What it's like to search for a dead body.
In my heavy vulcanized rubber drysuit, I’m sweating in the heat of an early summer day. As the boat slows I brace myself, and a team member helps with my fins.
Before I enter, I look back toward the shore. I can see the family standing in a cluster, looking out at the search line marking-buoy. They’re looking at me. Under the buoy is one end of my line, which is anchored at both ends and helps me to make a more organized search. Somewhere on the bottom, in this area several acres wide, is the body of a drowning victim. Three of my teammates have moved the line through the search area and the last out carried a boot he found before his air ran low. It’s my turn.
At the buoy I make a final check to clear the gunwale and roll into the water. I grasp the downline lightly and purge, sinking into the green water. Just a couple feet down, visibility is already limited to a few inches and, as I drop feet first, I feel the first thermocline through the drysuit. My fins touch bottom and I kneel in the thick mud feeling for the search line.
After a quick communications check with the guys topside I grasp the line in my right hand, making sweeping passes with my left as I move through the stirred-up darkness. Everything I touch is investigated by feel for relevance. One object I probe wriggles in protest and my hand jerks away reflexively. Old beach chairs and tree branches are moved to the side of the line already covered.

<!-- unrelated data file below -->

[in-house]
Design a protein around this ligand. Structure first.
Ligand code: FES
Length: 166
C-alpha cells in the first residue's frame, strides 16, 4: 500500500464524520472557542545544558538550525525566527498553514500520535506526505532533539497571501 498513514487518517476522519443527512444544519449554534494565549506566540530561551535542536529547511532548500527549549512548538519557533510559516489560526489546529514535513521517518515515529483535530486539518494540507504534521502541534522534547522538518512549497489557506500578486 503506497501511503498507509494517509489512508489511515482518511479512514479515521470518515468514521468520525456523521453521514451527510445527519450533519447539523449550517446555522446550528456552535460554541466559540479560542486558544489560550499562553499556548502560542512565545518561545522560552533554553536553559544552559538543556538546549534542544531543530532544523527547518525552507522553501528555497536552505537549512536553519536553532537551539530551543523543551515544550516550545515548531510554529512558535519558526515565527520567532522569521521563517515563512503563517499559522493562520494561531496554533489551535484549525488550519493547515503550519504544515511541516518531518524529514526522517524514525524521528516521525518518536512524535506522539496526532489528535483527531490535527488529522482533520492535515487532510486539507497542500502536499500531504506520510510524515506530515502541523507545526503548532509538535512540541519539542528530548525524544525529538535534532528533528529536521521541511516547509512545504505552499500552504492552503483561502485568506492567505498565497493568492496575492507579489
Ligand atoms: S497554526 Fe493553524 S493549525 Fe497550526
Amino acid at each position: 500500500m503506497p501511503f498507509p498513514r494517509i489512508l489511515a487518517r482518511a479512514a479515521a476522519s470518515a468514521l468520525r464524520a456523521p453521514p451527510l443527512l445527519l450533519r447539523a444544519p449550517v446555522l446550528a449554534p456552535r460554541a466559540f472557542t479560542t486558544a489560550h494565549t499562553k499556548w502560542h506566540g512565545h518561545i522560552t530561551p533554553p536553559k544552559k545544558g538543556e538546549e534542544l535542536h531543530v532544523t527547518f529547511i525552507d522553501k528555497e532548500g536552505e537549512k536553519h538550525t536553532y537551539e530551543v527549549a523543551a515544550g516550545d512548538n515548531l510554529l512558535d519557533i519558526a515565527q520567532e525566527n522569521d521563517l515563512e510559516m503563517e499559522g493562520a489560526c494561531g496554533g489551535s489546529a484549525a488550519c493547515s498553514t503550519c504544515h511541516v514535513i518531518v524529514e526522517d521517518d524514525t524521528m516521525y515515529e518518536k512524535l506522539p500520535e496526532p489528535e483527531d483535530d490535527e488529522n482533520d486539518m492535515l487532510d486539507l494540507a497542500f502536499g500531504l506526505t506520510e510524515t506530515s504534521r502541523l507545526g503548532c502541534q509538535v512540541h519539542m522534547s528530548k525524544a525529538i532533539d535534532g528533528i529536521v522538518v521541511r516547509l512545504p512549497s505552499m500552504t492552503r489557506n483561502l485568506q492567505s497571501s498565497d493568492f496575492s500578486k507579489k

On my fifth pass down the line, or maybe it’s the eighth — time is distorted in the isolation chamber of zero-viz — my hand bumps an object with some weight and give. A quick patdown confirms my suspicion.
Breathing and pulse kick in as I position the body and secure a line around the torso by feel and pump air into my BC. Light penetrates a few feet into the water and, just before I break the surface, I get my first glimpse at the unresponsive companion. The boat starts toward me at my thumbs-up signal.
One of the family members who had gathered near the launch begins wailing when the body bag is handed down to me, and I bag the victim on the side of the boat away from the view of news cameras and onlookers. I decline help getting into the boat and kick toward shore. It’s good to get the locate.